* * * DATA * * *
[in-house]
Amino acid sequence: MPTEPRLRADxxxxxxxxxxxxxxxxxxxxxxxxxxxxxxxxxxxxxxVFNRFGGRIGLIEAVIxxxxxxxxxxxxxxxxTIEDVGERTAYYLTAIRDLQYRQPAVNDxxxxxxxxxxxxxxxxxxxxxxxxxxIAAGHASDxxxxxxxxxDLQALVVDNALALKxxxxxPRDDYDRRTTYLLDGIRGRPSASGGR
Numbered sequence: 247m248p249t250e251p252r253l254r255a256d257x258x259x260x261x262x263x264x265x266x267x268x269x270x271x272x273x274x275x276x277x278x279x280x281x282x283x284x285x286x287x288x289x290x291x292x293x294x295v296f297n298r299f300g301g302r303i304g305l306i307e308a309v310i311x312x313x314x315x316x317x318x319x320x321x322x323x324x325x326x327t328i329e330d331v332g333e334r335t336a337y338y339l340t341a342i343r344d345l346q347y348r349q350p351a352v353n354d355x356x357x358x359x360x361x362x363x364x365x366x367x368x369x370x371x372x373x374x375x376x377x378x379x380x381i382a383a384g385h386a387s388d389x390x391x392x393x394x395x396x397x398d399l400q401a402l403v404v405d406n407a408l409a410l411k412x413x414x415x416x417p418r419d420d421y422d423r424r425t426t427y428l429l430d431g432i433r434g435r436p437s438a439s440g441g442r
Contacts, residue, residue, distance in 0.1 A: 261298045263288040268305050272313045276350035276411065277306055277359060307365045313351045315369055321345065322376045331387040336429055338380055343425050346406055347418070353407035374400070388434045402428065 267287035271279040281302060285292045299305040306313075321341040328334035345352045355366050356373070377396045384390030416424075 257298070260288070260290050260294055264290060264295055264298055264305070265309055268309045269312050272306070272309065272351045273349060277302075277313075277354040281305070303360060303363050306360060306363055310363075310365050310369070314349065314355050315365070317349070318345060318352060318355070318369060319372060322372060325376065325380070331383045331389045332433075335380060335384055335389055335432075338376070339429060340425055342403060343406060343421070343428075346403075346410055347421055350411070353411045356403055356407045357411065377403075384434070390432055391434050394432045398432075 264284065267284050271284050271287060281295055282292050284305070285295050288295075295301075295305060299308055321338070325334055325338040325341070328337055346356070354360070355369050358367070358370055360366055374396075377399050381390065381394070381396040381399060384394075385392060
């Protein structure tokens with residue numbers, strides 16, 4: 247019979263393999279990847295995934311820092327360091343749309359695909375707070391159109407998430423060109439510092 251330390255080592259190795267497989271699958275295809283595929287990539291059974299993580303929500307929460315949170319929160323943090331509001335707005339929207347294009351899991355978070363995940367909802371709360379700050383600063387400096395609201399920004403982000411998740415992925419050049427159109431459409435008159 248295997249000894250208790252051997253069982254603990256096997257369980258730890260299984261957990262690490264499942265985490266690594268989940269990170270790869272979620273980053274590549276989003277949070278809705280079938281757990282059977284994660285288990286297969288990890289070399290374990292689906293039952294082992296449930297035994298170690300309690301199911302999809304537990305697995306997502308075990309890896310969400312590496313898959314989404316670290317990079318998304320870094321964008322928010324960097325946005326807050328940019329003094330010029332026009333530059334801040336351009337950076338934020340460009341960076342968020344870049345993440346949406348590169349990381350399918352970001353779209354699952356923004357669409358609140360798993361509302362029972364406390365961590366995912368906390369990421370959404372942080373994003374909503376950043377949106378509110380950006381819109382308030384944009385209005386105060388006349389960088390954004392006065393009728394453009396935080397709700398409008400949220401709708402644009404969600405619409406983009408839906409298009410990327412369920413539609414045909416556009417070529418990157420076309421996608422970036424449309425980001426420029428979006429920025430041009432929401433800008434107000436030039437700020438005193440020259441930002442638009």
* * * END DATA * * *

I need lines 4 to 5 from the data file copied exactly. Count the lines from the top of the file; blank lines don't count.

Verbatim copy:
Contacts, residue, residue, distance in 0.1 A: 261298045263288040268305050272313045276350035276411065277306055277359060307365045313351045315369055321345065322376045331387040336429055338380055343425050346406055347418070353407035374400070388434045402428065 267287035271279040281302060285292045299305040306313075321341040328334035345352045355366050356373070377396045384390030416424075 257298070260288070260290050260294055264290060264295055264298055264305070265309055268309045269312050272306070272309065272351045273349060277302075277313075277354040281305070303360060303363050306360060306363055310363075310365050310369070314349065314355050315365070317349070318345060318352060318355070318369060319372060322372060325376065325380070331383045331389045332433075335380060335384055335389055335432075338376070339429060340425055342403060343406060343421070343428075346403075346410055347421055350411070353411045356403055356407045357411065377403075384434070390432055391434050394432045398432075 264284065267284050271284050271287060281295055282292050284305070285295050288295075295301075295305060299308055321338070325334055325338040325341070328337055346356070354360070355369050358367070358370055360366055374396075377399050381390065381394070381396040381399060384394075385392060
């Protein structure tokens with residue numbers, strides 16, 4: 247019979263393999279990847295995934311820092327360091343749309359695909375707070391159109407998430423060109439510092 251330390255080592259190795267497989271699958275295809283595929287990539291059974299993580303929500307929460315949170319929160323943090331509001335707005339929207347294009351899991355978070363995940367909802371709360379700050383600063387400096395609201399920004403982000411998740415992925419050049427159109431459409435008159 248295997249000894250208790252051997253069982254603990256096997257369980258730890260299984261957990262690490264499942265985490266690594268989940269990170270790869272979620273980053274590549276989003277949070278809705280079938281757990282059977284994660285288990286297969288990890289070399290374990292689906293039952294082992296449930297035994298170690300309690301199911302999809304537990305697995306997502308075990309890896310969400312590496313898959314989404316670290317990079318998304320870094321964008322928010324960097325946005326807050328940019329003094330010029332026009333530059334801040336351009337950076338934020340460009341960076342968020344870049345993440346949406348590169349990381350399918352970001353779209354699952356923004357669409358609140360798993361509302362029972364406390365961590366995912368906390369990421370959404372942080373994003374909503376950043377949106378509110380950006381819109382308030384944009385209005386105060388006349389960088390954004392006065393009728394453009396935080397709700398409008400949220401709708402644009404969600405619409406983009408839906409298009410990327412369920413539609414045909416556009417070529418990157420076309421996608422970036424449309425980001426420029428979006429920025430041009432929401433800008434107000436030039437700020438005193440020259441930002442638009």